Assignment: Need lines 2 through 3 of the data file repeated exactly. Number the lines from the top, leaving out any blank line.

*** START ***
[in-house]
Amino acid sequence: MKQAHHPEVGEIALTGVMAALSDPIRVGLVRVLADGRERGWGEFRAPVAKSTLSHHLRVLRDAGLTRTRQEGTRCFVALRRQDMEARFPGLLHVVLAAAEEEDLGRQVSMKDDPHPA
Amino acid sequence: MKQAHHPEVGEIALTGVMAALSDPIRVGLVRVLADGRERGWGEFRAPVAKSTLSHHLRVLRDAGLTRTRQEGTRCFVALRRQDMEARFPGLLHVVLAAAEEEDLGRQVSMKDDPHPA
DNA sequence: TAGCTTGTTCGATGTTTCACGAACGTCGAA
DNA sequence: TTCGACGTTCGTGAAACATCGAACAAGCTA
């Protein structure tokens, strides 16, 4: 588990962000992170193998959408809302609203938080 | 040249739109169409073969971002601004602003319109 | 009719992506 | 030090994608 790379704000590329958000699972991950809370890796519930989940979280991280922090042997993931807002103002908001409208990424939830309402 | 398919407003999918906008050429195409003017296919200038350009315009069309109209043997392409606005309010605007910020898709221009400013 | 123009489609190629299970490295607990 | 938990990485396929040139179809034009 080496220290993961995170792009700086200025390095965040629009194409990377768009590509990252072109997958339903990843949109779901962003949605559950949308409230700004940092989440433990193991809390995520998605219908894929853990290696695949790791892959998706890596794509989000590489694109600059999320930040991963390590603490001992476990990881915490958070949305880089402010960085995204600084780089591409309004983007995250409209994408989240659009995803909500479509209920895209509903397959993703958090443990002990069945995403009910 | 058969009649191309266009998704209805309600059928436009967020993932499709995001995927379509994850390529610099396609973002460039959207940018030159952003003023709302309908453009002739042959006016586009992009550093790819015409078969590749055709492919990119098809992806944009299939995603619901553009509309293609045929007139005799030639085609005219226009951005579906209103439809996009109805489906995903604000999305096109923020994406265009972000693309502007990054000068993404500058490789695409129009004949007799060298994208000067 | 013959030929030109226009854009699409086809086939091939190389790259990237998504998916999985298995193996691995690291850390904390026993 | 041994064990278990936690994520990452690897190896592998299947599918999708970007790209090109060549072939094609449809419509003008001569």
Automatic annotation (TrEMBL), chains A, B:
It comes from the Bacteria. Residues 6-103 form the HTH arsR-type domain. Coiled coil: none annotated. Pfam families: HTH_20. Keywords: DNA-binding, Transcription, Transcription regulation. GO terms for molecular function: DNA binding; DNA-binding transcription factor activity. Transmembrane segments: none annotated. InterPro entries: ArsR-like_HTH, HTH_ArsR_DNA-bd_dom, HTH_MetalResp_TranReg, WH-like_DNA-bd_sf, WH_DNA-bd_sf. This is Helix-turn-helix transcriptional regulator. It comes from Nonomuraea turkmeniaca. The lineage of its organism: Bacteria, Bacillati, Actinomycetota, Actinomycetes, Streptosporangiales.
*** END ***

Amino acid sequence: MKQAHHPEVGEIALTGVMAALSDPIRVGLVRVLADGRERGWGEFRAPVAKSTLSHHLRVLRDAGLTRTRQEGTRCFVALRRQDMEARFPGLLHVVLAAAEEEDLGRQVSMKDDPHPA
Amino acid sequence: MKQAHHPEVGEIALTGVMAALSDPIRVGLVRVLADGRERGWGEFRAPVAKSTLSHHLRVLRDAGLTRTRQEGTRCFVALRRQDMEARFPGLLHVVLAAAEEEDLGRQVSMKDDPHPA